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How to order Feynman Rules for Fermions

  1. Dec 8, 2014 #1
    1. The problem statement, all variables and given/known data

    This is more of a general question-- as the title suggests I'm not too sure how to place the terms given by the Feynman rules for fermions (since they involve operators and spinors, the order does of course matter).

    I've been reading Peskin & Schroeder and the rules are simply stated, and we are prompted to e.g., place a spinor at each external leg contraction, but in precisely what order we are supposed to do so isn't clear to me.

    2. Relevant equations

    3. The attempt at a solution

    So for example I have a question on my homework; we must calculate something like [itex] e^{+}e^{-} \rightarrow e^{+}e^{-} [/itex] in the Yukawa potential ([itex] H_{int} = g\Psi \bar{\Psi} \phi [/itex]). To lowest order there are two diagrams, an S and a T channel, and when I write down the corresponding S-matrix element, what I would of course like to happen is for the order of the spinors to be identical for the two diagrams, so that they factor and I get a c-number in the middle (the sum of the two scalar propagators). This seems however too simple, so I have read Shredinki's QFT, and he motivates us to "follow the fermion line," starting from that line which points away from the vertex. What I interpreted this to mean is that, if e.g., one fermion line connects [itex] p_1 [/itex] and [itex] p_2 [/itex], then the spinors corresponding to these momenta will lie the same number of terms away from the propagator connecting them (if [itex] p_1 [/itex] lies on the far left, [itex] p_2 [/itex] lies on the far right. So in the end I end up getting something like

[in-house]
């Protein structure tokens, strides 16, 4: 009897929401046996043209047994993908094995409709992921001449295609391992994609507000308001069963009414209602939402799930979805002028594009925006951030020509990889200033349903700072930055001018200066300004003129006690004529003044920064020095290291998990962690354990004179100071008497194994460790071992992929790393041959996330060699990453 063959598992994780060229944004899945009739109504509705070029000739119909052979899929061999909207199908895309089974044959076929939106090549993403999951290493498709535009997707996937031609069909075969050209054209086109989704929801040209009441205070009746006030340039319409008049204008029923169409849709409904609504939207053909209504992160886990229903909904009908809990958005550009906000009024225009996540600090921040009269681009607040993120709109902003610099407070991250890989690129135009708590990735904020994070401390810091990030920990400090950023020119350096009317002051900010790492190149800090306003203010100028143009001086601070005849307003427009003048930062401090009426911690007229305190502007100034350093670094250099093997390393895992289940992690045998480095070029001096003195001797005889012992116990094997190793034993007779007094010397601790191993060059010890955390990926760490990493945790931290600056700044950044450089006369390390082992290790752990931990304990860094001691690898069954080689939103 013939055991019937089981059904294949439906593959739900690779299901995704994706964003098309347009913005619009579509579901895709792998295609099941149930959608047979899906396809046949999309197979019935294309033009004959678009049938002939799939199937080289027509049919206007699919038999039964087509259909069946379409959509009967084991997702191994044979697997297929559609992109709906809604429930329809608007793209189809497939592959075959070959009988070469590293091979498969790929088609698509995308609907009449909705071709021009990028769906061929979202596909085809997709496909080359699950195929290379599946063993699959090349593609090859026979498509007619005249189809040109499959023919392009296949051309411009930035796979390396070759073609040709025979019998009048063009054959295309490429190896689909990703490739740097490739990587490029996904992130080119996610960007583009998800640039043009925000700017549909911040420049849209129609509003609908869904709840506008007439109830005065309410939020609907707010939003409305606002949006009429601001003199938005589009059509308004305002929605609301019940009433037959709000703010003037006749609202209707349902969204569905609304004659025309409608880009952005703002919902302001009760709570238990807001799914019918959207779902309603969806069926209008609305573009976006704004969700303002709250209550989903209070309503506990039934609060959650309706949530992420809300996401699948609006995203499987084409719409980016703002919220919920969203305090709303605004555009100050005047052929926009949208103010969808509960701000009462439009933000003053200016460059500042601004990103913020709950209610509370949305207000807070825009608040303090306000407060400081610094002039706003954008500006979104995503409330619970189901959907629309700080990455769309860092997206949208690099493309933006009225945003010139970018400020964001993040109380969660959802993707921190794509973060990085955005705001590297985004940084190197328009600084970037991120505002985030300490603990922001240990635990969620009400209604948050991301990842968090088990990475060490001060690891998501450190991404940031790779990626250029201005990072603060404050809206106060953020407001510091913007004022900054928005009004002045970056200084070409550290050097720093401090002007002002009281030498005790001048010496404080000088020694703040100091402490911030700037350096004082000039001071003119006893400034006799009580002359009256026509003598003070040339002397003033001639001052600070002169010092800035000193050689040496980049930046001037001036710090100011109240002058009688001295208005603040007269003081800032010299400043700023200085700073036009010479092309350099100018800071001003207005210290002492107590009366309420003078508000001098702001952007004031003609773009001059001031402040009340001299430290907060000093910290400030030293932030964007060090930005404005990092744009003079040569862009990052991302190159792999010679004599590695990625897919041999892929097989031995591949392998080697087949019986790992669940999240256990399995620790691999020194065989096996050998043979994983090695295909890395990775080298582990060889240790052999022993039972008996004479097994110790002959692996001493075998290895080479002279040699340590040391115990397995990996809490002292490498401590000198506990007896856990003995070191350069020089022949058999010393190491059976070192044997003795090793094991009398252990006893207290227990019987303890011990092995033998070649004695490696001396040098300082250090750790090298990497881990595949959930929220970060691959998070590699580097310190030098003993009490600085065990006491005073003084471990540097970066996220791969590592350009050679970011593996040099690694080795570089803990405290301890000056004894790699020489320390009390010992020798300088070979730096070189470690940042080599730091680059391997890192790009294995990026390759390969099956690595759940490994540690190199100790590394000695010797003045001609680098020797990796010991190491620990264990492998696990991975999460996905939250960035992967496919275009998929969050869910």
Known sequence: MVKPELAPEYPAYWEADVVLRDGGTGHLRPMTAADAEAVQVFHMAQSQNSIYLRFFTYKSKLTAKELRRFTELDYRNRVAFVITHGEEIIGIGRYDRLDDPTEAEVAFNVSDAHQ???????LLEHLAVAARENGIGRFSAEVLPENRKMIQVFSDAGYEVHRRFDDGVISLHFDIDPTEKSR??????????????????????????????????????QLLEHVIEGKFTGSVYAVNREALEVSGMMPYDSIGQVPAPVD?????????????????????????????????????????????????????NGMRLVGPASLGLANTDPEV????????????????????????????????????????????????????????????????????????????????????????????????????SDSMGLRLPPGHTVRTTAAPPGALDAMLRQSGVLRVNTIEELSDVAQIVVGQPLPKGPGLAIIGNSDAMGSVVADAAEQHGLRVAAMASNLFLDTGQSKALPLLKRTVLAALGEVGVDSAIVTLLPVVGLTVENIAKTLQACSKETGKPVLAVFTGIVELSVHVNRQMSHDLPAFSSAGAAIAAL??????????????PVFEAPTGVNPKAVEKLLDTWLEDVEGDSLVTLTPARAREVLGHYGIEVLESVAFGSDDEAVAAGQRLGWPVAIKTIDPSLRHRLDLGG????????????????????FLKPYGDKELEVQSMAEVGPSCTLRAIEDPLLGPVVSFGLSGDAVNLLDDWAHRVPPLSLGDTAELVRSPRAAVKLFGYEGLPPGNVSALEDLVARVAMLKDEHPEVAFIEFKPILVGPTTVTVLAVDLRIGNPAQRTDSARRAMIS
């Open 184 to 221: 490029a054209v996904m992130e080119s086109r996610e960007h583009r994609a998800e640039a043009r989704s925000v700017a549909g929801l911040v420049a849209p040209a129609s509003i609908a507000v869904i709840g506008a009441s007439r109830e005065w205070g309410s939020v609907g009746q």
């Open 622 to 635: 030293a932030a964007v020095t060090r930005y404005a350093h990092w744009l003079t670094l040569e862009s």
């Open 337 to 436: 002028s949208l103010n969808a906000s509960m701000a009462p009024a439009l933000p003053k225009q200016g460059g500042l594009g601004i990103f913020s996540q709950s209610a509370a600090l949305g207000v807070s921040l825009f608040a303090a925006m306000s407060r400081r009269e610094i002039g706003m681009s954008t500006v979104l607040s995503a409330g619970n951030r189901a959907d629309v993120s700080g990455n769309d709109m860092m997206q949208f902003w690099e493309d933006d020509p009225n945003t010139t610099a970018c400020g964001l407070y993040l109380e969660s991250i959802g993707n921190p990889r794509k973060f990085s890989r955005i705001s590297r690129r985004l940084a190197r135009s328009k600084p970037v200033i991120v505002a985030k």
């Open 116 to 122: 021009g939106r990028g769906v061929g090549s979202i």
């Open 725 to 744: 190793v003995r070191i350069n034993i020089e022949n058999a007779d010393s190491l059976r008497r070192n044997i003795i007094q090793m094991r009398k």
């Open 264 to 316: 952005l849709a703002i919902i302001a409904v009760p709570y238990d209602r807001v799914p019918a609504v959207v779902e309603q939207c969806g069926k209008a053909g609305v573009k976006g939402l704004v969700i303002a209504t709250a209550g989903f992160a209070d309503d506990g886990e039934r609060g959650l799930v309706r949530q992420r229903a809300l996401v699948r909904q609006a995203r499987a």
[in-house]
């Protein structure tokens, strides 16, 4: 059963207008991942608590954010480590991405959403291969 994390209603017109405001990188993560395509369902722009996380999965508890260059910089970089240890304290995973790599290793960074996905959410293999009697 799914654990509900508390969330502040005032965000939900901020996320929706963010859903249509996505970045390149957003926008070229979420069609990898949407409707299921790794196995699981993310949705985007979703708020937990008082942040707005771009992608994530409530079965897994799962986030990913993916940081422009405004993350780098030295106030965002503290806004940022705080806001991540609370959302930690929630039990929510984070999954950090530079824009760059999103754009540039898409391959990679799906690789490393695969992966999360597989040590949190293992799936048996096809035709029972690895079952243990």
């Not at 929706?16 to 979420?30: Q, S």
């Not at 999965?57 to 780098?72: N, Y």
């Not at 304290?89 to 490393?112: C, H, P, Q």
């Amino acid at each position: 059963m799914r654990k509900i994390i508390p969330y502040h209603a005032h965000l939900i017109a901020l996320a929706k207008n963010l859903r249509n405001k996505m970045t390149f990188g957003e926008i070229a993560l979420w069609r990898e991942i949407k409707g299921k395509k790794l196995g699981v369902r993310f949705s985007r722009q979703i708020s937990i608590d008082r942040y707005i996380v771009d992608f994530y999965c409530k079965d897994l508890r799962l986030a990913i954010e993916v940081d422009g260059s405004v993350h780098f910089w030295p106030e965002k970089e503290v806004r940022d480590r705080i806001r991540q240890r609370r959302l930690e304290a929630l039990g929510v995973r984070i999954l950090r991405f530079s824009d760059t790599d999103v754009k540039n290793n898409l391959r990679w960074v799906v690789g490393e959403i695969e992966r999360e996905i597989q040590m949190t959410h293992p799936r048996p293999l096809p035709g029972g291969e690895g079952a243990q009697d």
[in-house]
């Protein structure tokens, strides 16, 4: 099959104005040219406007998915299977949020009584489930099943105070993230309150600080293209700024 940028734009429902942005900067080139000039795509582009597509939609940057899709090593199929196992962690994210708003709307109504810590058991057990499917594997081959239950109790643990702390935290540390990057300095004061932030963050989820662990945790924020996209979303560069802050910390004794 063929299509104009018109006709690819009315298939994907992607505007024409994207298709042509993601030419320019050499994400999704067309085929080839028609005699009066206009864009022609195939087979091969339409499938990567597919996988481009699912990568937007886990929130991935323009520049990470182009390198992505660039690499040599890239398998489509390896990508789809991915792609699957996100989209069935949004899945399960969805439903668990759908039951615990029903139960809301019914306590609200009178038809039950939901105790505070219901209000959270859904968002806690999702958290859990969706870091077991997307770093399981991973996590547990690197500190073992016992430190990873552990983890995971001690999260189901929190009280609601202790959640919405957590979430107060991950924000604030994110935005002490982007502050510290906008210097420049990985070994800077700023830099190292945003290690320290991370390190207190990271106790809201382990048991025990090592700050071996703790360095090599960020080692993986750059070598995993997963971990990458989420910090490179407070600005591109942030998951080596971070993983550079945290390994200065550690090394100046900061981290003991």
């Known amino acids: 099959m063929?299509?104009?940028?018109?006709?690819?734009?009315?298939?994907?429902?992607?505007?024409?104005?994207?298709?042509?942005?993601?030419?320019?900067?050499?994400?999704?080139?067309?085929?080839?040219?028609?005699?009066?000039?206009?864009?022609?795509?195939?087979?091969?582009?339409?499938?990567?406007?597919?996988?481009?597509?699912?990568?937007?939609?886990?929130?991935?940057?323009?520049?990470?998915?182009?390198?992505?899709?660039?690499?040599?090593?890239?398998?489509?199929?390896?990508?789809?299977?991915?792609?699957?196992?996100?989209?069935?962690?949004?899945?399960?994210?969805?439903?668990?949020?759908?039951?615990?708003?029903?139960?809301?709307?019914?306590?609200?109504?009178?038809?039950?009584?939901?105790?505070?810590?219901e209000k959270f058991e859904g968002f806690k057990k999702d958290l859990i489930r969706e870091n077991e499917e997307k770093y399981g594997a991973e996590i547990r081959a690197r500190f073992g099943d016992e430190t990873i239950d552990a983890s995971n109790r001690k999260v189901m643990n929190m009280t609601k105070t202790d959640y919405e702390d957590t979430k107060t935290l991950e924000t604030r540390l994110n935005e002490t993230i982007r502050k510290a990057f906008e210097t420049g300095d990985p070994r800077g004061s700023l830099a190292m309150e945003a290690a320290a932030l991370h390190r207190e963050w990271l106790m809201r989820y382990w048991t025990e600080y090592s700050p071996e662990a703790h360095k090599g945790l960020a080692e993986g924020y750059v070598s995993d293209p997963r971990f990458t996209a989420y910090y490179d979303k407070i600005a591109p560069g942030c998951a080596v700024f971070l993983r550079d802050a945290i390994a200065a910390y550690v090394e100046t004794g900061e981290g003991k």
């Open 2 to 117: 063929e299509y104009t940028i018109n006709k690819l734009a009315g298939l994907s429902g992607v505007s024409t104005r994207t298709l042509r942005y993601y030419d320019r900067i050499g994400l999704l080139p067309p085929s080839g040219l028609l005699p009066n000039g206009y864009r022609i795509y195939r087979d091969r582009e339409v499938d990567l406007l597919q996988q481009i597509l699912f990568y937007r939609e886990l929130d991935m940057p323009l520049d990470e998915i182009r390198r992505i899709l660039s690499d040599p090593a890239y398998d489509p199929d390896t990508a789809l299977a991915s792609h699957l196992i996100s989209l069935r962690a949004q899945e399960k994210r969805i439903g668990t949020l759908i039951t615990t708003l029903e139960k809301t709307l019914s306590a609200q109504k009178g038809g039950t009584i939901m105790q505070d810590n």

[tex] iM = g^2 \left[ \bar{v}(p_2)u(p_1)P_1\bar{u}(k_1)v(k_2) + \bar{v}(p_2)v(k_2)P_2\bar{u}(k_1)u(p_1) \right], [/tex]

    where [itex] P_1 [/itex] and [itex] P_2 [/itex] are propagators. The important point is that the order of the spinors isn't identical in the two terms, and this is all I'd really like to be sure of since the resulting calculation of the amplitude is a bit more complicated.

    Thanks for any help!
  2. jcsd
  3. Dec 8, 2014 #2
    . Nvm

    I think I got it. The point is that you're supposed to contract the spinors along a single fermion line without ever crossing over the propagator. Then the contraction will be a direct contraction of spinor indices (the spinors will lie next to each other, not "the same number of terms away from the propagator"). The matrix element written above is correct, but I got it in a roundabout and ultimately erroneous way.

    Sorry and thanks
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